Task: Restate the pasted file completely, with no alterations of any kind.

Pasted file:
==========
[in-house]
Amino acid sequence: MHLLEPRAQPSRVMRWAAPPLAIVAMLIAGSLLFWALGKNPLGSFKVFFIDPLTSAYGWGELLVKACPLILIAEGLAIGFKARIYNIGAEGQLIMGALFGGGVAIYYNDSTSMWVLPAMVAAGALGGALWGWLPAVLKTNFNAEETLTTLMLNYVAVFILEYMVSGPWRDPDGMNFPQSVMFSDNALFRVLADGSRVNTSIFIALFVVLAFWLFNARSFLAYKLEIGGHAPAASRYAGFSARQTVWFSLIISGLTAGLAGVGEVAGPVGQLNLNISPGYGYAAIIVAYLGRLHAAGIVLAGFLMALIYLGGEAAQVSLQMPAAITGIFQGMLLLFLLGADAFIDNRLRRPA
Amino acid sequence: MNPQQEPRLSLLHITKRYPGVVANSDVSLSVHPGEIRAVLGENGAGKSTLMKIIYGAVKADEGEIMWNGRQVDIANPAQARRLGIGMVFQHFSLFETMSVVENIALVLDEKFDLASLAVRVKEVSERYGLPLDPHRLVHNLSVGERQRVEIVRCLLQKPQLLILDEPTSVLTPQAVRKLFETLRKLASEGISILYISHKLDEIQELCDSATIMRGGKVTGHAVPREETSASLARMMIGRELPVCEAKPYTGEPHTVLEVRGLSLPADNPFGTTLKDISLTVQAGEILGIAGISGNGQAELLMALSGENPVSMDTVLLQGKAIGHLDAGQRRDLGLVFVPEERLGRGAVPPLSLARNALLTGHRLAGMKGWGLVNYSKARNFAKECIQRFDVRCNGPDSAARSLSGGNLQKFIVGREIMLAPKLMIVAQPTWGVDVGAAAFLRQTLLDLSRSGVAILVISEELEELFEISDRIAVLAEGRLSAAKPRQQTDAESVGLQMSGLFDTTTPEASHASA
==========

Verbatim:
[in-house]
Amino acid sequence: MHLLEPRAQPSRVMRWAAPPLAIVAMLIAGSLLFWALGKNPLGSFKVFFIDPLTSAYGWGELLVKACPLILIAEGLAIGFKARIYNIGAEGQLIMGALFGGGVAIYYNDSTSMWVLPAMVAAGALGGALWGWLPAVLKTNFNAEETLTTLMLNYVAVFILEYMVSGPWRDPDGMNFPQSVMFSDNALFRVLADGSRVNTSIFIALFVVLAFWLFNARSFLAYKLEIGGHAPAASRYAGFSARQTVWFSLIISGLTAGLAGVGEVAGPVGQLNLNISPGYGYAAIIVAYLGRLHAAGIVLAGFLMALIYLGGEAAQVSLQMPAAITGIFQGMLLLFLLGADAFIDNRLRRPA
Amino acid sequence: MNPQQEPRLSLLHITKRYPGVVANSDVSLSVHPGEIRAVLGENGAGKSTLMKIIYGAVKADEGEIMWNGRQVDIANPAQARRLGIGMVFQHFSLFETMSVVENIALVLDEKFDLASLAVRVKEVSERYGLPLDPHRLVHNLSVGERQRVEIVRCLLQKPQLLILDEPTSVLTPQAVRKLFETLRKLASEGISILYISHKLDEIQELCDSATIMRGGKVTGHAVPREETSASLARMMIGRELPVCEAKPYTGEPHTVLEVRGLSLPADNPFGTTLKDISLTVQAGEILGIAGISGNGQAELLMALSGENPVSMDTVLLQGKAIGHLDAGQRRDLGLVFVPEERLGRGAVPPLSLARNALLTGHRLAGMKGWGLVNYSKARNFAKECIQRFDVRCNGPDSAARSLSGGNLQKFIVGREIMLAPKLMIVAQPTWGVDVGAAAFLRQTLLDLSRSGVAILVISEELEELFEISDRIAVLAEGRLSAAKPRQQTDAESVGLQMSGLFDTTTPEASHASA